11 August 2004

TURKMENISTAN: Finding Nemo, hunting Adventists

By Felix Corley, Forum 18

Just three days after a Baptist service in a private home was raided in Abadan, across the country in Turkmenabad [Chärjew] police raided an Adventist home on 7 August. The family's children and guests were watching a video of Finding Nemo, but police confiscated all the literature they could find, confiscated the owners' identity documents and pressured the husband to sign a statement that an "illegal" religious service was underway. The Adventist pastor in the capital Ashgabad has complained that his congregation cannot hold public worship as it cannot rent premises for worship, despite having state registration. "All hall managers turn us down as soon as they learn that we are looking for premises for a Church," Pastor Pavel Fedotov told Forum 18 News Service. "Even though we have registration we can't do anything."

Nine children were watching a video of the animated film Finding Nemo when police raided the home of an Adventist family in the eastern city of Turkmenabad [Chrjew] on 7 August. "Without showing any warrant they immediately began confiscating all the literature they could find," a Protestant who preferred not to be identified told Forum 18 News Service. Police then put pressure on the owners to admit an "illegal" religious service was underway. Meanwhile in the capital Ashgabad, the Adventists – who once again have state registration as a religious community – cannot rent premises for services to replace their church, demolished by the authorities in November 1999. "Although we have official registration, we see no real change so far," the church's pastor Pavel Fedotov told Forum 18 from Ashgabad on 10 August. "We cannot hold public worship as we cannot find anywhere to hold it."

The raid in Turmenabad came three days after a raid on a Baptist home in Abadan (formerly Bezmein) near Ashgabad, where a prayer and Bible reading service was underway (see F18News 9 August 2004 http://www.forum18.org/Archive.php?article_id=390 ). Like the Adventists, the Baptists also once again have state registration, but this did not protect them from the raid and a warning never to meet again.

Yet the Adventist family in Turkmenabad were simply relaxing at home when the police raided their home. "The family's five children were there together with children of the neighbours, and the mother was in the kitchen preparing supper," the Protestant told Forum 18. "No service was underway at that time." As well as all books, compact discs were also seized. The police took the owners of the flat to the police station, where they forced them to write statements and confiscated their identity documents (internal passports). Neither the identity documents nor the confiscated books and compact discs have yet been returned.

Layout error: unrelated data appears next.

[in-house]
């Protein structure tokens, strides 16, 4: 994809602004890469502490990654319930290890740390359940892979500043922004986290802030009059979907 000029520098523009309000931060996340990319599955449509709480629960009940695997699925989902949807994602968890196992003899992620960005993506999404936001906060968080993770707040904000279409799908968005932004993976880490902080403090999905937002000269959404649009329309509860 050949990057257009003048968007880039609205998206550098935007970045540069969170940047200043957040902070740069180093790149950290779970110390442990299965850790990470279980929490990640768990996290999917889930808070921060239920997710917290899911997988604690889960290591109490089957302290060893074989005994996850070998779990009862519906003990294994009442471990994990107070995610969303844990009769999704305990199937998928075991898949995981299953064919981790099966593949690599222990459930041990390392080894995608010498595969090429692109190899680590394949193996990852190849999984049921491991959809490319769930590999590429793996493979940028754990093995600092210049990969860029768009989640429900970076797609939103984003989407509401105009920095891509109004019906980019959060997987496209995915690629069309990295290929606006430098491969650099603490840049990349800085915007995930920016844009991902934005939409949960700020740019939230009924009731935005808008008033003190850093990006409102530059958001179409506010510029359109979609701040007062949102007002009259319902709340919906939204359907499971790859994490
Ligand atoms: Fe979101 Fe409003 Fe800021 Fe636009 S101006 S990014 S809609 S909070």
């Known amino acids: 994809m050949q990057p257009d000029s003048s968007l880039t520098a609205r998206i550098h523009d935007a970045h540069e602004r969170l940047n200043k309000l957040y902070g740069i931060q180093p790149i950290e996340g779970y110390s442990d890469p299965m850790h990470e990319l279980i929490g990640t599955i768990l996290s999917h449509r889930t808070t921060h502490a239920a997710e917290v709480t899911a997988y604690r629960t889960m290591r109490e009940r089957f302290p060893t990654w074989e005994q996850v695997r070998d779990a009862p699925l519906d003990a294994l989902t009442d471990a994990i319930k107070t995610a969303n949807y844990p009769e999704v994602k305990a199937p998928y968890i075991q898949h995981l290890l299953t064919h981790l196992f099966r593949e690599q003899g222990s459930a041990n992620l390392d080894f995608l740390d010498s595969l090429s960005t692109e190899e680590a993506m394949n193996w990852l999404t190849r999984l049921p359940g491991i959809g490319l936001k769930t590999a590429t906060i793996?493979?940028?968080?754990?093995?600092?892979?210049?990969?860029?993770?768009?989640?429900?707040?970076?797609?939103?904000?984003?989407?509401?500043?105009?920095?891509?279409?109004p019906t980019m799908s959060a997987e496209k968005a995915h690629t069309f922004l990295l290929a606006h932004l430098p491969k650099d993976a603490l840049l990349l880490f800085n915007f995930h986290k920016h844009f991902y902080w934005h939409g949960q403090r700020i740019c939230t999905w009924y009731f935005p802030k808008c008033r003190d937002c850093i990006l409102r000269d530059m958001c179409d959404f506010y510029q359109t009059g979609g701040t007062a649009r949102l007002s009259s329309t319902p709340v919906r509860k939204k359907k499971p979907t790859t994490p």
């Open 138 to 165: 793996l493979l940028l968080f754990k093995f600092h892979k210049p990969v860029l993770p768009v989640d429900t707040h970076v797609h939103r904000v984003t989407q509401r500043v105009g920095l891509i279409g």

Police pressured the husband to sign a statement that an "illegal" religious service was in progress when the police arrived. He showed them a copy of the Adventists' registration documents, which show that the Church has registered status in the whole of the country.

Since the Church received registration again on 1 June for the first time since 1997, the Ashgabad congregation has sought somewhere to meet in vain. "All hall managers turn us down as soon as they learn that we are looking for premises for a Church," Pastor Fedotov told Forum 18. "We appealed to the authorities to help us find premises to rent but they refused. The hyakimlik [local administration] refused to talk to us, declaring that all communication should be through the government's Gengeshi [Council] for religious affairs."

Forum 18 tried to contact officials at the Gengeshi on 11 August to find out why religious communities – even those with registration – cannot rent public buildings for religious services, but all the telephones went unanswered. No official of the registration department of the Justice Ministry was prepared to talk to Forum 18 on 11 August.

"Even though we have registration we can't do anything," Pastor Fedotov told Forum 18. "We have got the impression that no officials consider us to be an independent legal entity."

For more background, see Forum 18's Turkmenistan religious freedom survey at http://www.forum18.org/Archive.php?article_id=296

A printer-friendly map of Turkmenistan is available at http://www.nationalgeographic.com/xpeditions/atlas/index.html?Parent=asia&Rootmap=turkme